What was their first paid job? Corbett delivered newspapers, Wolf mowed lawns.
One thing you do that annoys your wife? “I don’t think I do anything that annoys my wife” Wolf
joked. “Interrupting,” Corbett answered.
Cats or dogs? Both prefer dogs.
There were a lot of comments about these questions on Twitter and they have generally been ridiculed in other settings. My own opinion is that I have less issue with these kinds of questions, then with the venue in which they’re asked. There is only so much time in a debate and these are the kind of questions that could be asked anywhere at any time. Therefore, despite the material it provided, I have to give the lightning round a thumbs down.
Both candidates expressed support for hate-crimes legislation.
The Democratic nominee was asked whether his severance tax proposal would scare away natural gas jobs.
“A 5% severance tax will not run businesses off from Pennsylvania,” Wolf said.”I think it will strengthen the industry.”
“I disagree with him that these major companies won’t leave,” Corbett unsurprisingly responded. “They’ll leave while the taxes are high.”
The Governor was then asked about the high unemployment rates among black, Latino and young citizens.
“We’ve been working on it since I walked in the door,” he stated. “But we’ve got to get the training in there.”
“I think it’s fair to say we haven’t done enough,” Wolf said while advocating for improving education and growing jobs in Philadelphia.
May then queried Wolf about the $47 billion in outstanding pension liabilities and his comments that pensions represented a “problem” rather than a “crisis.”
“It will be a crisis if we keep kicking the can down the road as we have been doing for the best ten years,” Wolf answered. He also stated he wanted to give Act 120 a chance to work.
“Either Mr. Wolf doesn’t know what we’ve been doing or is intentionally misleading the people when he says we haven’t been funding it [pensions],” Corbett answered while reiterating his intent to call a special session on pensions his re-election.
The debate then moved on to the question of how a Democratic Governor could work with a Republican legislature.
“I don’t think so in terms of gridlock,” Wolf responded. “I’ve never done anything to keep a seat warm.”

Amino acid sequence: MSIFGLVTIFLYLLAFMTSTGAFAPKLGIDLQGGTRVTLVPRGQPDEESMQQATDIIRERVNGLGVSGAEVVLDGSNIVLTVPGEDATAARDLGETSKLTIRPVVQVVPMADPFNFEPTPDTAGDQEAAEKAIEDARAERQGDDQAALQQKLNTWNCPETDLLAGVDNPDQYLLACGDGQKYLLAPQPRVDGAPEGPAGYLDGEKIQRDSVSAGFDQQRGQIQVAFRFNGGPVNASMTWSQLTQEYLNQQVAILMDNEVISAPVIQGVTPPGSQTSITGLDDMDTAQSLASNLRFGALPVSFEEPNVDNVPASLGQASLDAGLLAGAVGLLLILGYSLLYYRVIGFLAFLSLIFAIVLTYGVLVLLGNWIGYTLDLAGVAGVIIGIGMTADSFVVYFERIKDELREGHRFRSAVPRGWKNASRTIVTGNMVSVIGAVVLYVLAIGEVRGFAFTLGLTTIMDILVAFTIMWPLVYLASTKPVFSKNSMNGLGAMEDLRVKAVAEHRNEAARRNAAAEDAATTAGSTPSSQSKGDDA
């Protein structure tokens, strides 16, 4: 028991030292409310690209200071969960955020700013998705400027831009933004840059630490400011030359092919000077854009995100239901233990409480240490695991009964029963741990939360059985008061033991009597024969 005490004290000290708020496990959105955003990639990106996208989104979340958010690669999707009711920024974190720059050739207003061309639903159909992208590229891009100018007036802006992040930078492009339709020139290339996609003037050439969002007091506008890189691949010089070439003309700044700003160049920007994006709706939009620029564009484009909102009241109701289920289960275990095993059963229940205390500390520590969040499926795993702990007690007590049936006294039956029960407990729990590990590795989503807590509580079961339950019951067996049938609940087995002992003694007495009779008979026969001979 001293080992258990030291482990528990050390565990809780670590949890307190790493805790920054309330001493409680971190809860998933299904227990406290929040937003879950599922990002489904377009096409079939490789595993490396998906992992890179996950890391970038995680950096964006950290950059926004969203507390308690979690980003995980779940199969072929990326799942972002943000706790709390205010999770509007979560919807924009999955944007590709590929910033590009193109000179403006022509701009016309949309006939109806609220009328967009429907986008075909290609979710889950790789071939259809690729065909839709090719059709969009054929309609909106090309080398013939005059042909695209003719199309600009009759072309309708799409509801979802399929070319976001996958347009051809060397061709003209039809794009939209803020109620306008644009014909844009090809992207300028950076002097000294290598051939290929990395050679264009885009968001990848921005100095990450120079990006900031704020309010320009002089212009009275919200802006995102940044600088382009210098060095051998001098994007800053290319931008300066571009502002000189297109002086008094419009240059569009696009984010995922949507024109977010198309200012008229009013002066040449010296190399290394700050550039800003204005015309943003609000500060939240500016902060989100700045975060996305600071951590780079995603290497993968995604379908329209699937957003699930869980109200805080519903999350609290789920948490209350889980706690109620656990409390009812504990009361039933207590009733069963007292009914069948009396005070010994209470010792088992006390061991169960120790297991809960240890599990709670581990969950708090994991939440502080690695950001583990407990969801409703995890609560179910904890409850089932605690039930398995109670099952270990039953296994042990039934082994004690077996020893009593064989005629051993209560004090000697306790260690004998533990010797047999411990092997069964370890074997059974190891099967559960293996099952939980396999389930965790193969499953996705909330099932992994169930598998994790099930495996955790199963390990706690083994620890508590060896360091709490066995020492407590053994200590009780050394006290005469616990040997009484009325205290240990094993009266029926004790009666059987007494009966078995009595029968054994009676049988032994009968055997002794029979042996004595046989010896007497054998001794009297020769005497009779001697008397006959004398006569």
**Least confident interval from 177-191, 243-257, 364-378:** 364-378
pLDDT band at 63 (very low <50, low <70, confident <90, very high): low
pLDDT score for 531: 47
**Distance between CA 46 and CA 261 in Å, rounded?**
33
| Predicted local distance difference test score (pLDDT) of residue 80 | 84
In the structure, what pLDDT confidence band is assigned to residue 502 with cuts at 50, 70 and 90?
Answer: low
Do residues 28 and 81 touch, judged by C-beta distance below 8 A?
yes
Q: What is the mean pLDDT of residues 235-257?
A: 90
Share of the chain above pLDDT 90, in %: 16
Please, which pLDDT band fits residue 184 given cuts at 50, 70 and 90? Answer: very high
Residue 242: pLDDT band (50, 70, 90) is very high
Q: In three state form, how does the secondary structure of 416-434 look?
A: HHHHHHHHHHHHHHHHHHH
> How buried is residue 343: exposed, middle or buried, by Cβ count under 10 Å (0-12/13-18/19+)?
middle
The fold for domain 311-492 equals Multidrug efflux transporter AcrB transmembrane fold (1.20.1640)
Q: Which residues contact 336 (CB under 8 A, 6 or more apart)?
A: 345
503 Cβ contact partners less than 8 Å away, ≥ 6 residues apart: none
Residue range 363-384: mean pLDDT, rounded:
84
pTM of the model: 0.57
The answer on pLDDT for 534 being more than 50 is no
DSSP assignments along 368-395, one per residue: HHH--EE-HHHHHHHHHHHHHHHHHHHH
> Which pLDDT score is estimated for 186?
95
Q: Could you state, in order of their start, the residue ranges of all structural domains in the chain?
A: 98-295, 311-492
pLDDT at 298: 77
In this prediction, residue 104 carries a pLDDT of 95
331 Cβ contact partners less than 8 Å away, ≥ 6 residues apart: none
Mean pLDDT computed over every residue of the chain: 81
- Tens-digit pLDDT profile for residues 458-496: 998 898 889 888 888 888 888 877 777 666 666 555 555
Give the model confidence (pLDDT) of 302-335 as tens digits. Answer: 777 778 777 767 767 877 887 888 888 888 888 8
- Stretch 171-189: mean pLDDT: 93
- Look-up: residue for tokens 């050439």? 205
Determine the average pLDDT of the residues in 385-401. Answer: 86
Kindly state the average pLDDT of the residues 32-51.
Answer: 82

“When I was Secretary of Revenue, I was actually struck not by how different people in Harrisburg are but how similar they are,” Wolf said before turning to Corbett. “I’ve got to say, you weren’t able to work with your own party members in the legislature, I’ll certainly do no worse than that.”
Corbett went on to describe some of his accomplishments including bringing balanced budgets on-time.
“You actually haven’t delivered an on-time balanced budget,” Wolf countered. “Last year’s budget for 2013-2014 suffered from a $700 million plus revenue shortfall. So you obviously cooked the books to make it look like it was balanced when it wasn’t.”
“So you’re accusing me of a criminal act?” Corbett asked.
“I’m accusing you of overestimating what the revenues we’re going to be in last year’s budget, we were $700 million short” Wolf answered.
Corbett countered that such shortfall tactics were used by Rendell during Wolf’s time there, though the Democrat wasn’t convinced.
Wolf stated that he supported an increase in the minimum wage to $10.10 and indexing it to inflation. Corbett said he didn’t support raising it but wanted people to earn more money than the minimum wage.
The candidates then argued about the commonwealth’s overall economic condition.
“I wonder why you ignore the fact we’ve gone done to what 47th in the country?” Wolf asked.
“Thirty-Sixth according to John Baer” Corbett countered. “Still,” Wolf concluded.
Corbett pushed back against conservative charges that he didn’t fight hard enough to stop same-sex marriage or defend Voter ID laws. In the one show of support between the candidates, Wolf applauded the Governor for not appealing the marriage equality decision.
Then, we came to perhaps to the most entertaining part of the debate.
“The business about the porno emails,” Kane began (never a good start).
“Was it fair for the Attorney General to release what she released with limited information?” Kane asked.
“First off, everyone knows I’m totally opposed to those kinds of emails,” Corbett said.
“I think the concern is the culture that allows something like that to happen. I mean in every organization I’ve headed, the culture starts at the top. If there’s a culture that somehow makes it seem that kind of thing is permissible then that’s a problem.”
“Do you think this is in every business?” Kane asked Wolf. “No I don’t, it’s not in mine,” he answered. (Cue dozens of people looking into the Wolf Organization’s email history.)
“I can’t tell you how disappointed I was,” Corbett said. “Cause we have strict rules against it and I did not receive any of those emails. I wished they would’ve sent me one. I wish they would have, because it would’ve stopped right then and there.”
Suffice to say, the line “I wished they would’ve sent me one” got a huge laugh from the press room and has already been picked up by national media outlets. Of course, Corbett was trying to make the point that if he had known, he would’ve immediately stopped this type of activity. Unfortunately, I doubt many people will be bringing up the second part of that sentence.
Each candidate made their closing case. Gov. Corbett said that he had done what he promised and Tom Wolf pledged to launch a new course.
Overall, this was definitely a feisty debate. Both candidates traded shots and Wolf was much more active this time. The Governor held his own, though, in the face of the challenger’s offensive. Whether this battle will change the shape of the race is the real central question of the second gubernatorial debate.